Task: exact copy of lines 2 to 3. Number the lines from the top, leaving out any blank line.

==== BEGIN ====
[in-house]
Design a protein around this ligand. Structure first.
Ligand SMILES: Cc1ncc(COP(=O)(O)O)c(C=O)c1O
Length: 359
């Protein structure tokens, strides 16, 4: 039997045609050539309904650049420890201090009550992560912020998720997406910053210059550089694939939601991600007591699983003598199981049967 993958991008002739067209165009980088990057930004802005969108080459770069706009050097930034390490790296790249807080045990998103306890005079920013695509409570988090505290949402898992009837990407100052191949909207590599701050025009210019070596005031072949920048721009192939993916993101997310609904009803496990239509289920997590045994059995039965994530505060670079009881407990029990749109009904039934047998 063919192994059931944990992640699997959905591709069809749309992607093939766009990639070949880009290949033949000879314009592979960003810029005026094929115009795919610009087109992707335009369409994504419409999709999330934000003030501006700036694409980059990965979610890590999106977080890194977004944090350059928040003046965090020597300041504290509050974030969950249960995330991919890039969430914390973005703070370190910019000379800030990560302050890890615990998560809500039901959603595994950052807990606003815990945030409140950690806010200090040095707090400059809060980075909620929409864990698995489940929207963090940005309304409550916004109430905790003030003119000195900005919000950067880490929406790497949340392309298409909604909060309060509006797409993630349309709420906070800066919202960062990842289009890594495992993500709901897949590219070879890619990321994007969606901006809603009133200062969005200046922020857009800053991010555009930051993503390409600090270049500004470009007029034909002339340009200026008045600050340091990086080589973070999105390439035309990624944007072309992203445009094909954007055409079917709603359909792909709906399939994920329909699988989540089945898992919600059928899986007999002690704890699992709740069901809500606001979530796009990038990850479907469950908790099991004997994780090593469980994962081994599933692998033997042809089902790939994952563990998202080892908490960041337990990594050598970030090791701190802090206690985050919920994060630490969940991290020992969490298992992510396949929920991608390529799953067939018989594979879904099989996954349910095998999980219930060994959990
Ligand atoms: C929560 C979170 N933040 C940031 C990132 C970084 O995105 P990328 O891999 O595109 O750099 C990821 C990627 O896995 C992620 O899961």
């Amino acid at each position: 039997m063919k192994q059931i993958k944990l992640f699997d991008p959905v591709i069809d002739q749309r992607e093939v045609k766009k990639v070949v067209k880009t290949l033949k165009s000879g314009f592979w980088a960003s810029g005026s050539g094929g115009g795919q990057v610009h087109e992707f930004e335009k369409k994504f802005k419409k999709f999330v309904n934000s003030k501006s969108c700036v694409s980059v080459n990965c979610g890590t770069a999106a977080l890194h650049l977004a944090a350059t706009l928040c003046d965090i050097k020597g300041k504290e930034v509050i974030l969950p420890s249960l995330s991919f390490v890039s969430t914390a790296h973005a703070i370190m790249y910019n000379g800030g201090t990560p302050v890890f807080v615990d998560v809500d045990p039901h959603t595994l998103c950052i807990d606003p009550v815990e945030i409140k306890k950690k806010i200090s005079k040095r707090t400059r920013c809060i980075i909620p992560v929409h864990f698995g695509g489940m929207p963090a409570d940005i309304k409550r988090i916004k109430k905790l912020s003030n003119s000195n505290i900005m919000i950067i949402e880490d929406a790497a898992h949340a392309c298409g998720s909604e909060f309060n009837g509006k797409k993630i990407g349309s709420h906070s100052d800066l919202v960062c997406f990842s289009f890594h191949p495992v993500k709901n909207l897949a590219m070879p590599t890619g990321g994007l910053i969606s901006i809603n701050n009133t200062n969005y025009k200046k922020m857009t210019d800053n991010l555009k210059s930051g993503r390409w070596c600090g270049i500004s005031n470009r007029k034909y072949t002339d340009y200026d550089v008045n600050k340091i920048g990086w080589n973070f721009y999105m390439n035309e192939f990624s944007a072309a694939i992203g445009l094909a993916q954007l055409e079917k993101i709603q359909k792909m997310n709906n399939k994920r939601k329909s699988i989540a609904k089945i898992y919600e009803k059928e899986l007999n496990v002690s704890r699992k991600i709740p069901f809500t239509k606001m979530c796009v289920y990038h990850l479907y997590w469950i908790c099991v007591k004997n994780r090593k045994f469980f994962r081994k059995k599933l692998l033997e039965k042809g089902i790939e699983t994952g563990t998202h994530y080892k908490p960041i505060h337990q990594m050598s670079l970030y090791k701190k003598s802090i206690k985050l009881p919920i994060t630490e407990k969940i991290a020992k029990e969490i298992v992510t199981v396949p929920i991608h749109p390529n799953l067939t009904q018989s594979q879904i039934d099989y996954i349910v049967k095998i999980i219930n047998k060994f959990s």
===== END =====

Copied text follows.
Design a protein around this ligand. Structure first.
Ligand SMILES: Cc1ncc(COP(=O)(O)O)c(C=O)c1O